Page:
Definition of sabermetrics in English:


plural noun

  • treated as singular The application of statistical analysis to baseball records, especially in order to evaluate and compare the performance of individual players.

    • ‘Bill James, the godfather of baseball sabermetrics, is now working as a consultant for the Boston Red Sox.’
    • ‘As we all know, fielding statistics are the question mark of sabermetrics.’
    • ‘In this fascinating and fact-filled piece on sabermetrics, Larry Mankhen demonstrates why baseball is still far and away the most interesting sport to write about and debate.’
    • ‘Whereas Baltimore's Weaver in the 1970s was canonized for the index cards he kept on individual players, now a whole body of mathematical analysis, sabermetrics, has left no stat unturned.’
    • ‘Part One covered Mike's opinions on topics ranging from his beloved Phillies to sabermetrics to his favorite players and baseball heroes.’
    • ‘The single most important tenet of sabermetrics, for my money, is that there's a predictable relationship between a team's winning percentage and the number of runs it scores and allows.’
    • ‘Isn't the purpose of sabermetrics objectivity?’
    • ‘When that fell through, he did the next best thing: He hired Bill James, the writer and baseball thinker who invented sabermetrics, as senior baseball operations adviser.’
    • ‘Inasmuch as sabermetrics as defined is the search for objective truth about baseball, I think it's only fitting that wild claims as to the impact of steroids on baseball are greeted with some skepticism.’
    • ‘From sabermetrics to discussions about the Hall of Fame merits of certain players to possible subjects for future articles, we talked about everything under the sun.’
    • ‘His brand of sabermetrics, though, concentrates on the analysis of what ordinary baseball fans like best: the great home run records, the hitting streaks, the batting averages.’
    • ‘I think Bill would say that the whole goal of sabermetrics is to study baseball, to test common assumptions, to find out what we know, and what we don't know, and to try and find ways to improve our knowledge.’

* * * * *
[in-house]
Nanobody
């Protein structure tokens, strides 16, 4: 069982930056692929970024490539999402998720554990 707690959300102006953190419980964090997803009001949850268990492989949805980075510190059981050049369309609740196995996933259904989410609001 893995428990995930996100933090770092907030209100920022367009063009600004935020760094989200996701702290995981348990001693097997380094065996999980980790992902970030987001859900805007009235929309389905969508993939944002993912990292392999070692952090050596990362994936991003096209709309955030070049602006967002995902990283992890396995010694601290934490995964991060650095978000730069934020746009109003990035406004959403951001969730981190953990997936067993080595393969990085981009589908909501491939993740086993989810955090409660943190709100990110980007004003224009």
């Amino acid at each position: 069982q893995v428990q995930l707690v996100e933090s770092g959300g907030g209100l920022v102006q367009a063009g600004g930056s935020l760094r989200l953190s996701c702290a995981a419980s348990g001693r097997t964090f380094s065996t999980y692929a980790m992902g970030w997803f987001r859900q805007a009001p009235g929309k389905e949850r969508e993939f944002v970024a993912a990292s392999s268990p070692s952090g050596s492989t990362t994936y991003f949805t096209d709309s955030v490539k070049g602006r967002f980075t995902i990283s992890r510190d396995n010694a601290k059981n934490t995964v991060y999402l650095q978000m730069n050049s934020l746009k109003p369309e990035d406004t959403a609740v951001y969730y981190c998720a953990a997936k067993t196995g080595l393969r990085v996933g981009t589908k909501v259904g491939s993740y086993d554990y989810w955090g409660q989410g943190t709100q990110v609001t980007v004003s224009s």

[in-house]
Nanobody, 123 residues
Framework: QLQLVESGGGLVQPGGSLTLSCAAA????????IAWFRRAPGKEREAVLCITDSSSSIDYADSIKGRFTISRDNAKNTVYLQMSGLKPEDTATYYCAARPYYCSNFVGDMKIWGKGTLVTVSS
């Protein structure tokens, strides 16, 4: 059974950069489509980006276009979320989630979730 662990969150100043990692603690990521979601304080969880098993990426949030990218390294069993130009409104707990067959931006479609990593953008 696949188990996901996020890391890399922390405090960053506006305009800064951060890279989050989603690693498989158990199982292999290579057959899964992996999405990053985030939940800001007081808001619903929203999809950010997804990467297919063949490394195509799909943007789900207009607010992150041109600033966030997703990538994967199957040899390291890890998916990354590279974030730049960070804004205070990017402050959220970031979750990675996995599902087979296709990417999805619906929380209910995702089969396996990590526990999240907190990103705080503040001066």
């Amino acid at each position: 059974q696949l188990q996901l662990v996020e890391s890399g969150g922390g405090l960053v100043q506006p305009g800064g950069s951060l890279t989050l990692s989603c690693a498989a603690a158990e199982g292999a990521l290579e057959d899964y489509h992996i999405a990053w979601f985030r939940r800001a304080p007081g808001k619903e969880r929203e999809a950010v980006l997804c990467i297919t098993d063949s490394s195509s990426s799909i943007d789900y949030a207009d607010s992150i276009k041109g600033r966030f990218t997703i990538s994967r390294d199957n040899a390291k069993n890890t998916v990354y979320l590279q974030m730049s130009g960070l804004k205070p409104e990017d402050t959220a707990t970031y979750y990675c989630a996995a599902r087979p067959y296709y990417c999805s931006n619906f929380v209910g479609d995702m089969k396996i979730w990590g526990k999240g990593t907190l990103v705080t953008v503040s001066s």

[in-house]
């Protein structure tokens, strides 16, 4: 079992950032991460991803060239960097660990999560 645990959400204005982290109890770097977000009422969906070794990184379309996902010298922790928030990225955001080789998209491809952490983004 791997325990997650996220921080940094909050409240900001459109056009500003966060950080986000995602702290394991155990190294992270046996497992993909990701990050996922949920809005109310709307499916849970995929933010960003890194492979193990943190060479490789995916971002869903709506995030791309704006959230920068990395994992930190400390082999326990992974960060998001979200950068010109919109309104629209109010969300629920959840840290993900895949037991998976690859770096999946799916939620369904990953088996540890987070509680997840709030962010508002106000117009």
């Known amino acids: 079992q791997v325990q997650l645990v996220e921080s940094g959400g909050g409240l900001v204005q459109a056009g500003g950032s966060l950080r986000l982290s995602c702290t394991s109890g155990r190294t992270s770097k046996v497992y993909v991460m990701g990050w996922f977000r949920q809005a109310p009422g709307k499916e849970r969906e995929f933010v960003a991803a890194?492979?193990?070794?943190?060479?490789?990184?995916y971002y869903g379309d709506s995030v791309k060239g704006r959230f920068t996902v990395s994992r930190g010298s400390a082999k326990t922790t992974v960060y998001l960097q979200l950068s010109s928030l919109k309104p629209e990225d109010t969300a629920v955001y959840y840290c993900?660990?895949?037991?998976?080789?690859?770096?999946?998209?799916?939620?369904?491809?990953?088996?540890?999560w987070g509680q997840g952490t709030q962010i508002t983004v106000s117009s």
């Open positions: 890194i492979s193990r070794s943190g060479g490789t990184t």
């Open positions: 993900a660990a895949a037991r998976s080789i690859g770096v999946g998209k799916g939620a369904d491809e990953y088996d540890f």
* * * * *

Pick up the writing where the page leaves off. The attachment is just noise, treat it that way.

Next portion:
• ‘Bill James being hired by the Sox is another sign of the foothold that sabermetrics has gained in baseball's front offices.’
    • ‘Similarly, sabermetrics, which has greatly advanced our understanding of how to better watch, play, and win at baseball, will be associated with this gambling use and vigorously persecuted.’
    • ‘A good general rule of thumb in sabermetrics is that a shift in 10 runs from one column to the other is worth one win.’
    • ‘The Red Sox's new management team includes both Bill James, the godfather of statistical analysis, or sabermetrics, and former Tigers general manager Bill Lajoie, a classic evaluator.’
    • ‘Much of prospect analysis, no matter what sabermetrics say, is speculation.’
    • ‘Even before I got into sabermetrics I had always been fascinated by baseball statistics… I didn't care about the statistics in anything else.’
    • ‘Second, Martone is one of the few daily newspaper guys who understands sabermetrics and uses it in his writing, and as such I feel compelled to support him even though he's covering ‘the enemy’.’
    • ‘The traditional Triple Crown stats are OK, but they have become a lazier way of determining value in this day and age of more sophisticated analysis encompassed in the study of sabermetrics.’


1980s: from SABR, acronym from S ociety for A merican B aseball R esearch, + metrics.